María de la Concepción (7 years old) (Concha or Marie) married Joseph Guesno while Joe was in the Army, had 9 children, and died of TB in 1925 in a sanitorium on Long Island where she had given birth to her youngest, Frances. Most of the Guesno family left Long Island for Los Angeles in the early 1940’s, I believe.

Miguel (4 years old) joined the Army and was affectionately known as Uncle Mike to his Guesno nieces and nephews. He retired from the Army and died at the Soldiers home in DC where he is buried. He never married and had no children.

The trip from Havana to New York was covered by the newspapers and was caught up in the yellow journalism that was gripping newspapers around the country in 1896. I will cover the journey in another article.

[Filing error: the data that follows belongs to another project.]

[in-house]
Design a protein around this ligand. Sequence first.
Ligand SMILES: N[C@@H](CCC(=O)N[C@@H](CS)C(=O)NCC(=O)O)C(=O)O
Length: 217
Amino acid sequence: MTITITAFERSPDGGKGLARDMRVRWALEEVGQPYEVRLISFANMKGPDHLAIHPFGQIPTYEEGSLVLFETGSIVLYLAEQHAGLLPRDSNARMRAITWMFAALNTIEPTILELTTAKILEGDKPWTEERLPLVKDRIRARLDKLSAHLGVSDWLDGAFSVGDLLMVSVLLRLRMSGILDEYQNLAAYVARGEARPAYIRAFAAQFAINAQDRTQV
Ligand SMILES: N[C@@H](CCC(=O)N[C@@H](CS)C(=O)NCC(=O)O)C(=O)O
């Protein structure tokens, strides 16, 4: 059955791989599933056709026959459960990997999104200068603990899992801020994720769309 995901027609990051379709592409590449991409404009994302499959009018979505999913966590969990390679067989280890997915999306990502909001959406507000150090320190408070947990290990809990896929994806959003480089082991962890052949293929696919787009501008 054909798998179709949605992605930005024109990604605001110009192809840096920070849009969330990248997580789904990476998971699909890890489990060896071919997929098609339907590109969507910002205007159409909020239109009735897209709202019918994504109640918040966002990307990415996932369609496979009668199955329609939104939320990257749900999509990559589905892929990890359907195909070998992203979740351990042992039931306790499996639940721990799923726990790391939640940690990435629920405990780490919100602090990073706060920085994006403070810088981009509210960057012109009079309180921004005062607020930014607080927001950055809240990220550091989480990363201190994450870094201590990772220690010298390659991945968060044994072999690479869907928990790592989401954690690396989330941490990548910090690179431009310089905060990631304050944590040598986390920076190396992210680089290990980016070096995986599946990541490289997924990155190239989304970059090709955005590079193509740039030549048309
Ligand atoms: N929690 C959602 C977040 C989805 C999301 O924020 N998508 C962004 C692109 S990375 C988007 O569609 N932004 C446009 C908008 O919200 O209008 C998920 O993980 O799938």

So you’re probably reading this as a relative of the Moreno, Velez, or Guesno families. Now you know how you’re connected to your cousins!

Cariñena – updated

Location of Aragon and Cariñena

Roque Lorenzo Velez Lozano emigrated from Cariñena to La Habana, Cuba in 1774.  Cariñena is a “city” in the province of Zaragoza, in the autonomous community of Aragon, Spain. It’s really a village with a population of about 3,500 but it was famously granted the title of City in 1909 by King Alfonso XIII. If you go to Cariñena, you’ll call it a village or “pueblo” and you’ll call nearby Zaragoza a city.

Cariñena is the capital of the region (“comarca”) called Campo de Cariñena. Think of Comarca Campo de Cariñena like the Town of Hempstead on Long Island: a collection of villages. Campo de Cariñena comprises 14 municipalities (Aguarón, Aguilón, Aladrén, Alfamén, Cariñena, Cosuenda, Encinacorba, Longares, Mezalocha, Muel, Paniza, Tosos, Villanueva de Huerva and Vistabella de Huerva) as shown in the map of Aragon below.

Campo de Cariñena